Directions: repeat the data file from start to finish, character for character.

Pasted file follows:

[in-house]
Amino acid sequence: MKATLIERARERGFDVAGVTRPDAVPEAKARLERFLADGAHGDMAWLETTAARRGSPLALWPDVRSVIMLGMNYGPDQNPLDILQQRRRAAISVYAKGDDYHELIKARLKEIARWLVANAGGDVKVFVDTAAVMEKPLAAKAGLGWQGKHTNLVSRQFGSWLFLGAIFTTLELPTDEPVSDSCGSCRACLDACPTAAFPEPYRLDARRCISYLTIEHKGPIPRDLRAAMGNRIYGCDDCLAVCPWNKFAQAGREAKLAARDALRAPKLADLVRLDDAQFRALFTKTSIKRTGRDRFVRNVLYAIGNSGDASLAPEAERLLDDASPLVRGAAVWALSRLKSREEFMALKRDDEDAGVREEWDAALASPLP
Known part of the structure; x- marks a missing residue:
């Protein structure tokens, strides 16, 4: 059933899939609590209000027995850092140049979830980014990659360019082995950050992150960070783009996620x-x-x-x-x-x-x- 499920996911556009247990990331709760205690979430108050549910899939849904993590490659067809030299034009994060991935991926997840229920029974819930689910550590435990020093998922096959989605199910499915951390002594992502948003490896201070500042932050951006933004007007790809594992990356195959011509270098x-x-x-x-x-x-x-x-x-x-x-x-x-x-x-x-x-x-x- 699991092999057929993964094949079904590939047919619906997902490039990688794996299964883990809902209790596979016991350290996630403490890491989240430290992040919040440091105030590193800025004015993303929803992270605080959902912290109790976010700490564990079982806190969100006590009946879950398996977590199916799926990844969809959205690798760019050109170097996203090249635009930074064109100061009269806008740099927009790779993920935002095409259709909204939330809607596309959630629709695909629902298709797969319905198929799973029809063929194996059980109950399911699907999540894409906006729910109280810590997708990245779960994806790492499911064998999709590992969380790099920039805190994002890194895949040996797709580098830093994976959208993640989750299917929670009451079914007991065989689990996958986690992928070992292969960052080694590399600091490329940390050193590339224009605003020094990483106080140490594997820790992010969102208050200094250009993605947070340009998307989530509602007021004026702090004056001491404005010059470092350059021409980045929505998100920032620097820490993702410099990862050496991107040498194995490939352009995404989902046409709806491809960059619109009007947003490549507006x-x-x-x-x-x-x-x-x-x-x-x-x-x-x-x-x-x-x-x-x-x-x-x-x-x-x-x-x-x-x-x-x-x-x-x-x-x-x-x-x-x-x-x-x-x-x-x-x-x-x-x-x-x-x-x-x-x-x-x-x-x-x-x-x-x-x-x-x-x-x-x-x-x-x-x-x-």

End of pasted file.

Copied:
[in-house]
Amino acid sequence: MKATLIERARERGFDVAGVTRPDAVPEAKARLERFLADGAHGDMAWLETTAARRGSPLALWPDVRSVIMLGMNYGPDQNPLDILQQRRRAAISVYAKGDDYHELIKARLKEIARWLVANAGGDVKVFVDTAAVMEKPLAAKAGLGWQGKHTNLVSRQFGSWLFLGAIFTTLELPTDEPVSDSCGSCRACLDACPTAAFPEPYRLDARRCISYLTIEHKGPIPRDLRAAMGNRIYGCDDCLAVCPWNKFAQAGREAKLAARDALRAPKLADLVRLDDAQFRALFTKTSIKRTGRDRFVRNVLYAIGNSGDASLAPEAERLLDDASPLVRGAAVWALSRLKSREEFMALKRDDEDAGVREEWDAALASPLP
Known part of the structure; x- marks a missing residue:
């Protein structure tokens, strides 16, 4: 059933899939609590209000027995850092140049979830980014990659360019082995950050992150960070783009996620x-x-x-x-x-x-x- 499920996911556009247990990331709760205690979430108050549910899939849904993590490659067809030299034009994060991935991926997840229920029974819930689910550590435990020093998922096959989605199910499915951390002594992502948003490896201070500042932050951006933004007007790809594992990356195959011509270098x-x-x-x-x-x-x-x-x-x-x-x-x-x-x-x-x-x-x- 699991092999057929993964094949079904590939047919619906997902490039990688794996299964883990809902209790596979016991350290996630403490890491989240430290992040919040440091105030590193800025004015993303929803992270605080959902912290109790976010700490564990079982806190969100006590009946879950398996977590199916799926990844969809959205690798760019050109170097996203090249635009930074064109100061009269806008740099927009790779993920935002095409259709909204939330809607596309959630629709695909629902298709797969319905198929799973029809063929194996059980109950399911699907999540894409906006729910109280810590997708990245779960994806790492499911064998999709590992969380790099920039805190994002890194895949040996797709580098830093994976959208993640989750299917929670009451079914007991065989689990996958986690992928070992292969960052080694590399600091490329940390050193590339224009605003020094990483106080140490594997820790992010969102208050200094250009993605947070340009998307989530509602007021004026702090004056001491404005010059470092350059021409980045929505998100920032620097820490993702410099990862050496991107040498194995490939352009995404989902046409709806491809960059619109009007947003490549507006x-x-x-x-x-x-x-x-x-x-x-x-x-x-x-x-x-x-x-x-x-x-x-x-x-x-x-x-x-x-x-x-x-x-x-x-x-x-x-x-x-x-x-x-x-x-x-x-x-x-x-x-x-x-x-x-x-x-x-x-x-x-x-x-x-x-x-x-x-x-x-x-x-x-x-x-x-």